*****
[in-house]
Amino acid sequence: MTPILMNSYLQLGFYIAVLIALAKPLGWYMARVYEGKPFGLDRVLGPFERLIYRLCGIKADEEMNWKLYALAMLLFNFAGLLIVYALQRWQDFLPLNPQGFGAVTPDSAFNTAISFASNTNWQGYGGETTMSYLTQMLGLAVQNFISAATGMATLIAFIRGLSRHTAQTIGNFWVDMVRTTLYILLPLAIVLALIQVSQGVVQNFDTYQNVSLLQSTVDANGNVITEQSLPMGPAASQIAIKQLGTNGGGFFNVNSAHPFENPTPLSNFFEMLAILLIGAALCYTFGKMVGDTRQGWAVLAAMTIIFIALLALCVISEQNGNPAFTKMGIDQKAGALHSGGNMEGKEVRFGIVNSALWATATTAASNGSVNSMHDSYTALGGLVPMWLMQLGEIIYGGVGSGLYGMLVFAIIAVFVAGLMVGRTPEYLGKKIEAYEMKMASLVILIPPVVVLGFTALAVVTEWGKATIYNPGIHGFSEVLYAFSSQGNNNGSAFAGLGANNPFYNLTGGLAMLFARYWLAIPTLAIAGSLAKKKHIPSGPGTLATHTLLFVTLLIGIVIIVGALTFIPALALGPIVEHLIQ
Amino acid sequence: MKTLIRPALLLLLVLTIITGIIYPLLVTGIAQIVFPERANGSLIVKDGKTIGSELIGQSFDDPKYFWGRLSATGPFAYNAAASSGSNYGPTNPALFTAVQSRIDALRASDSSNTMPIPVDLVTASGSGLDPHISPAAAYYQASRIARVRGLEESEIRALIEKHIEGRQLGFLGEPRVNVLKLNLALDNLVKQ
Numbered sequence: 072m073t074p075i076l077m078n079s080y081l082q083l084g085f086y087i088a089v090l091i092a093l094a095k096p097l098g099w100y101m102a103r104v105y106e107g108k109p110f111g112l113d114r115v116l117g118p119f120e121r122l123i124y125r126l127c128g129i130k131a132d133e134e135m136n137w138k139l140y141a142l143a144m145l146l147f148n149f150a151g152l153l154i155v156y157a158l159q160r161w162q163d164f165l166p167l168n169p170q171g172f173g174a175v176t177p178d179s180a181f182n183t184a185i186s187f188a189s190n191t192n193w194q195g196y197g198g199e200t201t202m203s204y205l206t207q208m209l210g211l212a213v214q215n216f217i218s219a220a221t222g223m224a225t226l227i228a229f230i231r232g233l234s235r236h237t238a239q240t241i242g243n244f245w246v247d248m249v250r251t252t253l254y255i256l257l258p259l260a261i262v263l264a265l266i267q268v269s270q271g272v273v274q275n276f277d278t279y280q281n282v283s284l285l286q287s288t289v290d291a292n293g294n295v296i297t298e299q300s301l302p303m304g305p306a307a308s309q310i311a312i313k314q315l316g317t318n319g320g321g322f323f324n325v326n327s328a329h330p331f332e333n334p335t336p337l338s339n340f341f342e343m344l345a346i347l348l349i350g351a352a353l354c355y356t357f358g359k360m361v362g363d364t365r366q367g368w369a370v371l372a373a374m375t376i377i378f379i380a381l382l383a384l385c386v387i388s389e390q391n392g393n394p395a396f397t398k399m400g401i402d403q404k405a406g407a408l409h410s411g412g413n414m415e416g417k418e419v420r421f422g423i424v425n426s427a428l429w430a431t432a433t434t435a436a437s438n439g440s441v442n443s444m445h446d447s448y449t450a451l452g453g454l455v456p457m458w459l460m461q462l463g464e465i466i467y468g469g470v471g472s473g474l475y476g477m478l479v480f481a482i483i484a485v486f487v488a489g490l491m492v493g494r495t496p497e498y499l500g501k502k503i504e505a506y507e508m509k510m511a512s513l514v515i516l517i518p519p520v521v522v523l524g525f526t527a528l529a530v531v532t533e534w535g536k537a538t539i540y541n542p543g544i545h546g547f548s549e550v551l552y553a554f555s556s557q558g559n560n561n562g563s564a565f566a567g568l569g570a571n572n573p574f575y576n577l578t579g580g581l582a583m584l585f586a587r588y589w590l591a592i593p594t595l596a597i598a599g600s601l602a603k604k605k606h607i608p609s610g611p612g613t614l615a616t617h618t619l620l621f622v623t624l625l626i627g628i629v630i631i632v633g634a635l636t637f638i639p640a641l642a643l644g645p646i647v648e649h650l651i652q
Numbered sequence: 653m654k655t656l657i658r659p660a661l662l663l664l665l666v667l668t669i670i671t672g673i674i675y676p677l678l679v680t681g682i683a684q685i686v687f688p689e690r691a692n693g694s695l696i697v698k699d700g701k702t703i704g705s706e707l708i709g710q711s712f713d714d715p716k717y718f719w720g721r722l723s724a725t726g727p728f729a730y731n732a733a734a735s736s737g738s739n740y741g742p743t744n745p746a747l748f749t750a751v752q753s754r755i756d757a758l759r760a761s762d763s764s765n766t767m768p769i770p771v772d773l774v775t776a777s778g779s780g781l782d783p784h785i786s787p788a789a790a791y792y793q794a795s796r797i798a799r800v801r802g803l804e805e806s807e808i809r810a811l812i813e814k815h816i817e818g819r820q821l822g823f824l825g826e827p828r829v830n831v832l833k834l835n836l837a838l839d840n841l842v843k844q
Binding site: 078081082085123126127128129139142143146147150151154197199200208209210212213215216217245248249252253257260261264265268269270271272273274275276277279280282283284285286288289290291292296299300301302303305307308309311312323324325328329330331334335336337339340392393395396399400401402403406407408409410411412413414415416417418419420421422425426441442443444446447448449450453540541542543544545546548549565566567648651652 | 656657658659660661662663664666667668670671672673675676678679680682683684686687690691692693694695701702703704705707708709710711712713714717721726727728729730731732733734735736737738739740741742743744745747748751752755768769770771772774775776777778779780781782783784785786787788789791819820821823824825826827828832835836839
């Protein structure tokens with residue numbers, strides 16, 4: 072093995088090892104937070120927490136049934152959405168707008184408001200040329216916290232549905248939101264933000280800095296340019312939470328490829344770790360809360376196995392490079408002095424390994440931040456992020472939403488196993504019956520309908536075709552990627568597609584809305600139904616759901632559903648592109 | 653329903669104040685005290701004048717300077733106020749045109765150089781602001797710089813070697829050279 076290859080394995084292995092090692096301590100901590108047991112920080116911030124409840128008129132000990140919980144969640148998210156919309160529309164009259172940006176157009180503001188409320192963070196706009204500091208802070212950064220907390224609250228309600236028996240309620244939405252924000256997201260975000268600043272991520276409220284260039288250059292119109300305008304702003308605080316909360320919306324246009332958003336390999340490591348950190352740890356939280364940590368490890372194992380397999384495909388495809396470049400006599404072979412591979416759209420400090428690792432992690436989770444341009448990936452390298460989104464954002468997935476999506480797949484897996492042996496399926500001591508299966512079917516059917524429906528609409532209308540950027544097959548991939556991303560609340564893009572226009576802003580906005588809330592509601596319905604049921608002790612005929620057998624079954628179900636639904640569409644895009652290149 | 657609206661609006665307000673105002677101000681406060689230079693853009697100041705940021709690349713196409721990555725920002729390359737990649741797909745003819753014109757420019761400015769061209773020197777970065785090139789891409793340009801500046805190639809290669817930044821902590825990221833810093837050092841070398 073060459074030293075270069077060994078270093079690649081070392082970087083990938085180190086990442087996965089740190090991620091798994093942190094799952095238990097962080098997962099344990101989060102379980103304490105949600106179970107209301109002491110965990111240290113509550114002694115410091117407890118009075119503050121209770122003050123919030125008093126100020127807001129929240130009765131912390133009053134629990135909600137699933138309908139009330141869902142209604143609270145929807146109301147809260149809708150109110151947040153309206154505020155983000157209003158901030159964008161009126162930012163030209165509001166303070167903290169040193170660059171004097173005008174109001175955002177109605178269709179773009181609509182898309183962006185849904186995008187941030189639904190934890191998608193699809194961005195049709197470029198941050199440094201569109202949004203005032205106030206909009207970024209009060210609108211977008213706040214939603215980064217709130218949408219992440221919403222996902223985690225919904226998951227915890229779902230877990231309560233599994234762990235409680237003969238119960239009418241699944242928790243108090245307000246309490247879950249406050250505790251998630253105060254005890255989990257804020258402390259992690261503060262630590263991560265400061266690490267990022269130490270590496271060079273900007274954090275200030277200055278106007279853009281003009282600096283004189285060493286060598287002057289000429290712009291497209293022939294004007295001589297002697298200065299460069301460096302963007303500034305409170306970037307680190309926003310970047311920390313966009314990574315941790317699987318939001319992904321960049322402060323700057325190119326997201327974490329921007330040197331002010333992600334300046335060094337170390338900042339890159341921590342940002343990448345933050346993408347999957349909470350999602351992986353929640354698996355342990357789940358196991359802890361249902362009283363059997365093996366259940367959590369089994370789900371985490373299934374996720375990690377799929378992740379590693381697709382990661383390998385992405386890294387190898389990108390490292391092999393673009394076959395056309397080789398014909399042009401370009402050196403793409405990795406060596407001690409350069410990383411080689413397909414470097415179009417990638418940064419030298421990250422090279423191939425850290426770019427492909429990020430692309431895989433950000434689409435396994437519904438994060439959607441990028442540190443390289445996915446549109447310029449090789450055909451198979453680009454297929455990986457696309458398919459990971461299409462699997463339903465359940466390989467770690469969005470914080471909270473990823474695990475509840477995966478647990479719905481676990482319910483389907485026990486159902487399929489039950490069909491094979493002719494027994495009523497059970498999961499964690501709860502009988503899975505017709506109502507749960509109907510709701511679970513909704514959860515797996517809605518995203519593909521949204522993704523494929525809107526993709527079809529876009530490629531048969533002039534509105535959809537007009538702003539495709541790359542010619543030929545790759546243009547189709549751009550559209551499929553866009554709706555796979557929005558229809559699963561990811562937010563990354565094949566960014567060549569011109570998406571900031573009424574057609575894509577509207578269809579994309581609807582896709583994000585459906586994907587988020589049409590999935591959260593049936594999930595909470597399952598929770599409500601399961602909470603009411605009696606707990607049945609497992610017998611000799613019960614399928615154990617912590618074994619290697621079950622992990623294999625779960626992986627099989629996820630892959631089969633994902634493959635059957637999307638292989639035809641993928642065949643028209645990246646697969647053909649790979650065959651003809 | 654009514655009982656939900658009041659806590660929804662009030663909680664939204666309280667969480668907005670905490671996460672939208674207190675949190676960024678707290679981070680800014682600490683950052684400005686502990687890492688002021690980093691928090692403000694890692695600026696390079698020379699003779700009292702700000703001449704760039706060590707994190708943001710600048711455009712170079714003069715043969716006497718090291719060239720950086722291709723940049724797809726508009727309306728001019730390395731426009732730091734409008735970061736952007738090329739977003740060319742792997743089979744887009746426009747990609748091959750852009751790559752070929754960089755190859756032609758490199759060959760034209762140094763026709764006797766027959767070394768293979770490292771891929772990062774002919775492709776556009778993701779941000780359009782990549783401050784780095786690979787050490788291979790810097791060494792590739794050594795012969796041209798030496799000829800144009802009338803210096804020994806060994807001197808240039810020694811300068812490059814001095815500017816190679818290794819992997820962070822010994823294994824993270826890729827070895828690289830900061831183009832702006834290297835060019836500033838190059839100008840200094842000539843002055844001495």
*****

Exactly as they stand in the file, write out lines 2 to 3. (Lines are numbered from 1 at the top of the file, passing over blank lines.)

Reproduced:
Amino acid sequence: MTPILMNSYLQLGFYIAVLIALAKPLGWYMARVYEGKPFGLDRVLGPFERLIYRLCGIKADEEMNWKLYALAMLLFNFAGLLIVYALQRWQDFLPLNPQGFGAVTPDSAFNTAISFASNTNWQGYGGETTMSYLTQMLGLAVQNFISAATGMATLIAFIRGLSRHTAQTIGNFWVDMVRTTLYILLPLAIVLALIQVSQGVVQNFDTYQNVSLLQSTVDANGNVITEQSLPMGPAASQIAIKQLGTNGGGFFNVNSAHPFENPTPLSNFFEMLAILLIGAALCYTFGKMVGDTRQGWAVLAAMTIIFIALLALCVISEQNGNPAFTKMGIDQKAGALHSGGNMEGKEVRFGIVNSALWATATTAASNGSVNSMHDSYTALGGLVPMWLMQLGEIIYGGVGSGLYGMLVFAIIAVFVAGLMVGRTPEYLGKKIEAYEMKMASLVILIPPVVVLGFTALAVVTEWGKATIYNPGIHGFSEVLYAFSSQGNNNGSAFAGLGANNPFYNLTGGLAMLFARYWLAIPTLAIAGSLAKKKHIPSGPGTLATHTLLFVTLLIGIVIIVGALTFIPALALGPIVEHLIQ
Amino acid sequence: MKTLIRPALLLLLVLTIITGIIYPLLVTGIAQIVFPERANGSLIVKDGKTIGSELIGQSFDDPKYFWGRLSATGPFAYNAAASSGSNYGPTNPALFTAVQSRIDALRASDSSNTMPIPVDLVTASGSGLDPHISPAAAYYQASRIARVRGLEESEIRALIEKHIEGRQLGFLGEPRVNVLKLNLALDNLVKQ